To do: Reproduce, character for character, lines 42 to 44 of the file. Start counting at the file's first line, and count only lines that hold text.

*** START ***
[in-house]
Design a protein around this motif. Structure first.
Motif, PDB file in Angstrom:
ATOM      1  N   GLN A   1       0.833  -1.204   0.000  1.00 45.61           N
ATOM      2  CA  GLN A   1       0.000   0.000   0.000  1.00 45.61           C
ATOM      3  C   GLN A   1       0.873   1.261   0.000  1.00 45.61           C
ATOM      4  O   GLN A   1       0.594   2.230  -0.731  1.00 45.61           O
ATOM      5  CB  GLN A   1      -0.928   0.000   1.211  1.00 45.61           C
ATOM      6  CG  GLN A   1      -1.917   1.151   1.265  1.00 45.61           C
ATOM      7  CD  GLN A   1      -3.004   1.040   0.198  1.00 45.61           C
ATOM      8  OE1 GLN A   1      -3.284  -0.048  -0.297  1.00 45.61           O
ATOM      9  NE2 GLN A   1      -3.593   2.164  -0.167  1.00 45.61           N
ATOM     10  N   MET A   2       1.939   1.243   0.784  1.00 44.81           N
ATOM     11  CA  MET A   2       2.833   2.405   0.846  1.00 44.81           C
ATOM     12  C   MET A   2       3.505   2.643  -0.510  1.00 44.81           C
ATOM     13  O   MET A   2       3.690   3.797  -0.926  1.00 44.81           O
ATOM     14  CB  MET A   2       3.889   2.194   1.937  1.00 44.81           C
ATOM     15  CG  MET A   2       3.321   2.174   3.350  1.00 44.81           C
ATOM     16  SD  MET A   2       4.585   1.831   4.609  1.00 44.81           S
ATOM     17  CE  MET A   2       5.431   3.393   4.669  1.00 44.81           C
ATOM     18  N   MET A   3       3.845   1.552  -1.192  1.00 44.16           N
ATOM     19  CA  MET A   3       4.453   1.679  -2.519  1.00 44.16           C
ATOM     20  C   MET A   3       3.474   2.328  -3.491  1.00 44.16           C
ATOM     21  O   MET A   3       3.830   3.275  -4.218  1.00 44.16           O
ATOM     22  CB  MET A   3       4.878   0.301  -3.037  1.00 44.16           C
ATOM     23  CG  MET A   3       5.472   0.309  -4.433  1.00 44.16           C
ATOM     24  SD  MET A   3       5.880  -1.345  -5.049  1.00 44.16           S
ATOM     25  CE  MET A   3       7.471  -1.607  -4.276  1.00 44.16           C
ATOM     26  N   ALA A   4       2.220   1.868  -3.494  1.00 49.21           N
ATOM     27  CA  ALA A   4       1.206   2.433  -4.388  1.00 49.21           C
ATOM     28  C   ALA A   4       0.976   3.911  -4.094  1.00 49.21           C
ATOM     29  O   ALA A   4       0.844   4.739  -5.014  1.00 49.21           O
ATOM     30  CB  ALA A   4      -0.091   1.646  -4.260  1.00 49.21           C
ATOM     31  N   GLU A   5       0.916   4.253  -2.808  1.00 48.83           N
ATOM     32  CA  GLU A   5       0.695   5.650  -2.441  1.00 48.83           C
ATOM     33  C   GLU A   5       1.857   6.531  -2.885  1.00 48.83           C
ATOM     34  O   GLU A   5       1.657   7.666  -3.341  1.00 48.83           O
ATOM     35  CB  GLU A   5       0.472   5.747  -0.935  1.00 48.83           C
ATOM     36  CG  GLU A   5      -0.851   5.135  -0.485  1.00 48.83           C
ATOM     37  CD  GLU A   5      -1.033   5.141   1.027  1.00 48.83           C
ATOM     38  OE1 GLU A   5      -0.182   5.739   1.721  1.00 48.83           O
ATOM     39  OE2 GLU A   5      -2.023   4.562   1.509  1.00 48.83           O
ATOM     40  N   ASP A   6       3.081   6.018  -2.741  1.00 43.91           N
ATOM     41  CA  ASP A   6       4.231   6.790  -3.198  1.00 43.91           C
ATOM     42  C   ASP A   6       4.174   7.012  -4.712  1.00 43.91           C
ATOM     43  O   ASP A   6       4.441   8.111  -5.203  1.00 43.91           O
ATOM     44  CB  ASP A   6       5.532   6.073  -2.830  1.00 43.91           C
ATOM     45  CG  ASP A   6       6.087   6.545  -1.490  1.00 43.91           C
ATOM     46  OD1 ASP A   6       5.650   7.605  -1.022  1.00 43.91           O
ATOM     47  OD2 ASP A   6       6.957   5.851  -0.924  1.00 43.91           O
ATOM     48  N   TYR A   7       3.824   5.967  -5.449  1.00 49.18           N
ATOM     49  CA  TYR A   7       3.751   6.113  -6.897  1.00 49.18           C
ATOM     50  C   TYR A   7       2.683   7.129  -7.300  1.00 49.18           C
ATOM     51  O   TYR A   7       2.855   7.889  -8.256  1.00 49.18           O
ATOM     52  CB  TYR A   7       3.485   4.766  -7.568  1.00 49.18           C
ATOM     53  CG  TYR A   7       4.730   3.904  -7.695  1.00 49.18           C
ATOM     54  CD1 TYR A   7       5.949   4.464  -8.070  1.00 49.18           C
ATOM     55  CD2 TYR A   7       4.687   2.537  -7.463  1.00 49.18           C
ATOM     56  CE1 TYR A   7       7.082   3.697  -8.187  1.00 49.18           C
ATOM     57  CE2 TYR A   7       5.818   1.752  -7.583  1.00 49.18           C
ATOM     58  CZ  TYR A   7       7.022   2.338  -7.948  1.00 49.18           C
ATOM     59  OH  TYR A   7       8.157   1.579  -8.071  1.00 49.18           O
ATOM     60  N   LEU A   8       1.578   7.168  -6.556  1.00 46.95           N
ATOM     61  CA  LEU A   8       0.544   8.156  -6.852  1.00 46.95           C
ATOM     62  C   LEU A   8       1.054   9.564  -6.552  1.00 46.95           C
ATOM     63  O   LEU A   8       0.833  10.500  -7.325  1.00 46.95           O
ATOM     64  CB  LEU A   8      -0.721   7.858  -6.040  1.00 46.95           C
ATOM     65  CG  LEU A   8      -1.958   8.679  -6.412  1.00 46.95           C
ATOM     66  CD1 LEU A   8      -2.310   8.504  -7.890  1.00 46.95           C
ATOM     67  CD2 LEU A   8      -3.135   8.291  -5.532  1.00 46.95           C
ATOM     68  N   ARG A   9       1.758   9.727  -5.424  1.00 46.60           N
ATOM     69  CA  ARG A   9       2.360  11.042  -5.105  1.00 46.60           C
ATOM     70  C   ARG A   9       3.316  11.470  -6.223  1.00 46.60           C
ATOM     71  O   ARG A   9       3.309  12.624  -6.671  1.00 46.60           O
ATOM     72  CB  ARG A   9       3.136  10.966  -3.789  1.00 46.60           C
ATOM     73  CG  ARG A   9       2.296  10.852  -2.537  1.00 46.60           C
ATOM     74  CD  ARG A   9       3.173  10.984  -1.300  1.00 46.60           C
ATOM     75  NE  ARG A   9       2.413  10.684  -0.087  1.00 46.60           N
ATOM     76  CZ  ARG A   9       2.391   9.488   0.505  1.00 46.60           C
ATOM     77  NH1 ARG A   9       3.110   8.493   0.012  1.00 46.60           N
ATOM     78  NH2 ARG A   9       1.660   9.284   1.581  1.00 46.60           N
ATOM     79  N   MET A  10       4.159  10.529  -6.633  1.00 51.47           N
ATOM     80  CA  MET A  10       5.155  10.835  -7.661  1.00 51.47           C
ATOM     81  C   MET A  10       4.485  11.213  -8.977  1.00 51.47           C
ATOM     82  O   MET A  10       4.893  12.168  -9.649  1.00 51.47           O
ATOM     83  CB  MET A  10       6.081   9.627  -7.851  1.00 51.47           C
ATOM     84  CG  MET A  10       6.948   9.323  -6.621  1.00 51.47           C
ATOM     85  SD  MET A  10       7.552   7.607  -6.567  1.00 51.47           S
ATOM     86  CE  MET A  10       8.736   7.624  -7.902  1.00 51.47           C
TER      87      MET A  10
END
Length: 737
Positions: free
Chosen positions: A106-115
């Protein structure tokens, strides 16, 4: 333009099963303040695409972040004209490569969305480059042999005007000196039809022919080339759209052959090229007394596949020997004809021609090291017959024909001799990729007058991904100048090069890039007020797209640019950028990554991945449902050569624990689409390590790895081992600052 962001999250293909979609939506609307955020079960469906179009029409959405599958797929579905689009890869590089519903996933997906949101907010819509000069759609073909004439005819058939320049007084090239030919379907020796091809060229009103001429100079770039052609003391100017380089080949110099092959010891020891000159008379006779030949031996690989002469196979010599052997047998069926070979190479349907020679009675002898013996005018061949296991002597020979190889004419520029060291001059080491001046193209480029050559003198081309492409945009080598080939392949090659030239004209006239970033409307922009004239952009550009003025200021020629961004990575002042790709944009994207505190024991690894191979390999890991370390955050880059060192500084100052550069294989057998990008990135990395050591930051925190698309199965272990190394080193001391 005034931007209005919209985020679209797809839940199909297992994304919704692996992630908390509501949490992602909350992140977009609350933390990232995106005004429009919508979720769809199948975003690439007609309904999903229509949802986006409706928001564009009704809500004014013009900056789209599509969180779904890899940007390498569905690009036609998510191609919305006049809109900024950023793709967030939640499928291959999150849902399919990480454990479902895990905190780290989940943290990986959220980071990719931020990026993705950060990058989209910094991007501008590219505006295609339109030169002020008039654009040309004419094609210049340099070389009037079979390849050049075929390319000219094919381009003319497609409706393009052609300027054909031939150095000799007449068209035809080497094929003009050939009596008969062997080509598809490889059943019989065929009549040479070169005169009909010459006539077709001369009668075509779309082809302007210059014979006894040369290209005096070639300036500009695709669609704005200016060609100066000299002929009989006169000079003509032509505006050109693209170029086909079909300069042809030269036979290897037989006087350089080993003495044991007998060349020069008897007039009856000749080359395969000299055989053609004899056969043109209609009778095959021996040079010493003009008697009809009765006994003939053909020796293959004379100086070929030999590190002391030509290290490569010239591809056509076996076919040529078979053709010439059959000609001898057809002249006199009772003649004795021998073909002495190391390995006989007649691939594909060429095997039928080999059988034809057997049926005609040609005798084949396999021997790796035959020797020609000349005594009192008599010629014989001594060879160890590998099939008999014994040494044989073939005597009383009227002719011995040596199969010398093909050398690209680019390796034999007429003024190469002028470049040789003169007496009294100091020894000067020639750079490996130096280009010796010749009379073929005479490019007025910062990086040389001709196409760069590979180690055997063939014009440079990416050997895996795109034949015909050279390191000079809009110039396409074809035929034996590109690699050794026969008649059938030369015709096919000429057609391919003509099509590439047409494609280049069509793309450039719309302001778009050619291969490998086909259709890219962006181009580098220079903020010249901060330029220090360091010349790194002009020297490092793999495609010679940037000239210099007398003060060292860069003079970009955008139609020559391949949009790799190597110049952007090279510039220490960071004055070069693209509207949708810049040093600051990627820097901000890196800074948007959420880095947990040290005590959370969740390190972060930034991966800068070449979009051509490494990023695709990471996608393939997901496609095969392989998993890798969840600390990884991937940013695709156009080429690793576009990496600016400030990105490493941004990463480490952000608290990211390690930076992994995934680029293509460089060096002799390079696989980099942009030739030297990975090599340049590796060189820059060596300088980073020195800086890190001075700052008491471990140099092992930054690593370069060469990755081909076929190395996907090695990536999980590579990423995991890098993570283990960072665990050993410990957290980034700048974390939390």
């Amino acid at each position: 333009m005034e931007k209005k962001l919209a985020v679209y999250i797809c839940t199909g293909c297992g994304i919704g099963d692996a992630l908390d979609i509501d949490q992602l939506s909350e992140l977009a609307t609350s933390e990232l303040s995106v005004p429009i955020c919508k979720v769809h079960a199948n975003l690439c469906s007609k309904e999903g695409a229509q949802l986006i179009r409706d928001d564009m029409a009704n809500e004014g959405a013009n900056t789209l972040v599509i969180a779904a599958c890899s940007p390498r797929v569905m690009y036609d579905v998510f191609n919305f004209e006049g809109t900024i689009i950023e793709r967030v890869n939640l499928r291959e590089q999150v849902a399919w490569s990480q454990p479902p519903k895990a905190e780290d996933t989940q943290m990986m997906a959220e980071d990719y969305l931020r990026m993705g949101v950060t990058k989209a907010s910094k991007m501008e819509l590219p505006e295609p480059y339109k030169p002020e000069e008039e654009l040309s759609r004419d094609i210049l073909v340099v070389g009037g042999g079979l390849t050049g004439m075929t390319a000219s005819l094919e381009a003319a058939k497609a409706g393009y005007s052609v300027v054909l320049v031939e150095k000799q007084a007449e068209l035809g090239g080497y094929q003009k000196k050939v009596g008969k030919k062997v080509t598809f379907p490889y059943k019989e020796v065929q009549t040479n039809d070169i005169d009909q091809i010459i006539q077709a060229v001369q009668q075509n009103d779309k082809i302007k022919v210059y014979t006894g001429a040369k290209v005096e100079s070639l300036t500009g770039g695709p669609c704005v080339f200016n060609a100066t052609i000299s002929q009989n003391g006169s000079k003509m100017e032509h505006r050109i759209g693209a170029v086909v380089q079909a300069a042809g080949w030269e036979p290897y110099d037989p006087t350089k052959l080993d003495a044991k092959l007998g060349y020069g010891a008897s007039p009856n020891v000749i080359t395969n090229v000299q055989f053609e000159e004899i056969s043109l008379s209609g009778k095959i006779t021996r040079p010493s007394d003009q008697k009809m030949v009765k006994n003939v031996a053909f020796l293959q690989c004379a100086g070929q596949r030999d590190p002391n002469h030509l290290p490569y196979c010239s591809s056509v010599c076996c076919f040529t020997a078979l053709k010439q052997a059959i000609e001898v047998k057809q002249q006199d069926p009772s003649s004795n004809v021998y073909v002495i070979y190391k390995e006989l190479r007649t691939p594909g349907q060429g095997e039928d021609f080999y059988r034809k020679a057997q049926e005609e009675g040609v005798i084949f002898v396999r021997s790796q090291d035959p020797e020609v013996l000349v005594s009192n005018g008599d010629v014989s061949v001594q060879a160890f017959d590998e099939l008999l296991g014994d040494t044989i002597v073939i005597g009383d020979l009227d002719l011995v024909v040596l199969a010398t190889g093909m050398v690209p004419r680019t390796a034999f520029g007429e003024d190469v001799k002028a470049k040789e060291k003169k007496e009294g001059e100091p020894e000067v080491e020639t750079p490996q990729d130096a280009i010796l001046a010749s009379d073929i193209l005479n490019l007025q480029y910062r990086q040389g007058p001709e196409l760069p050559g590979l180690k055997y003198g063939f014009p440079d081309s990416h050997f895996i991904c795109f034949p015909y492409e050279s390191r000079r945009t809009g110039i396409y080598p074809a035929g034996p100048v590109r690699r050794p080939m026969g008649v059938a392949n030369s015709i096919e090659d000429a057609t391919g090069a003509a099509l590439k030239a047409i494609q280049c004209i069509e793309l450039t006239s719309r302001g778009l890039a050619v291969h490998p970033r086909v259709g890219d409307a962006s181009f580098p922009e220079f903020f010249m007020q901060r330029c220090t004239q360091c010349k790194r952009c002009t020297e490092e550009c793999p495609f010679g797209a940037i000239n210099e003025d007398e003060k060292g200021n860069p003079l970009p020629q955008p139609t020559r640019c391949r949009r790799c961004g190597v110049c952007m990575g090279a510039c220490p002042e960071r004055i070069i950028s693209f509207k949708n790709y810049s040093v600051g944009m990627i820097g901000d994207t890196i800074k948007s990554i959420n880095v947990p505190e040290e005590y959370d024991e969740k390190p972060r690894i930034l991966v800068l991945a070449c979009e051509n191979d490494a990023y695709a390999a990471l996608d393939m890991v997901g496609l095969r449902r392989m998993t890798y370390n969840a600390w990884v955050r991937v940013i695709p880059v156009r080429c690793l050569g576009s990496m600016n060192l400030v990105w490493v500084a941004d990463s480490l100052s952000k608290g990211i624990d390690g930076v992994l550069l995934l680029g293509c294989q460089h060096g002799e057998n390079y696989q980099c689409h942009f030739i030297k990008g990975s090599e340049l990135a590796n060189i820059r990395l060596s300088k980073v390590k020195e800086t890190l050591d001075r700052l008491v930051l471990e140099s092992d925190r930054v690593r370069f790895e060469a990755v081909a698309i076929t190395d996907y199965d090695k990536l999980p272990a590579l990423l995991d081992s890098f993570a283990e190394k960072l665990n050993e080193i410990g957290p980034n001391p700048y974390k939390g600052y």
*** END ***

ATOM     39  OE2 GLU A   5      -2.023   4.562   1.509  1.00 48.83           O
ATOM     40  N   ASP A   6       3.081   6.018  -2.741  1.00 43.91           N
ATOM     41  CA  ASP A   6       4.231   6.790  -3.198  1.00 43.91           C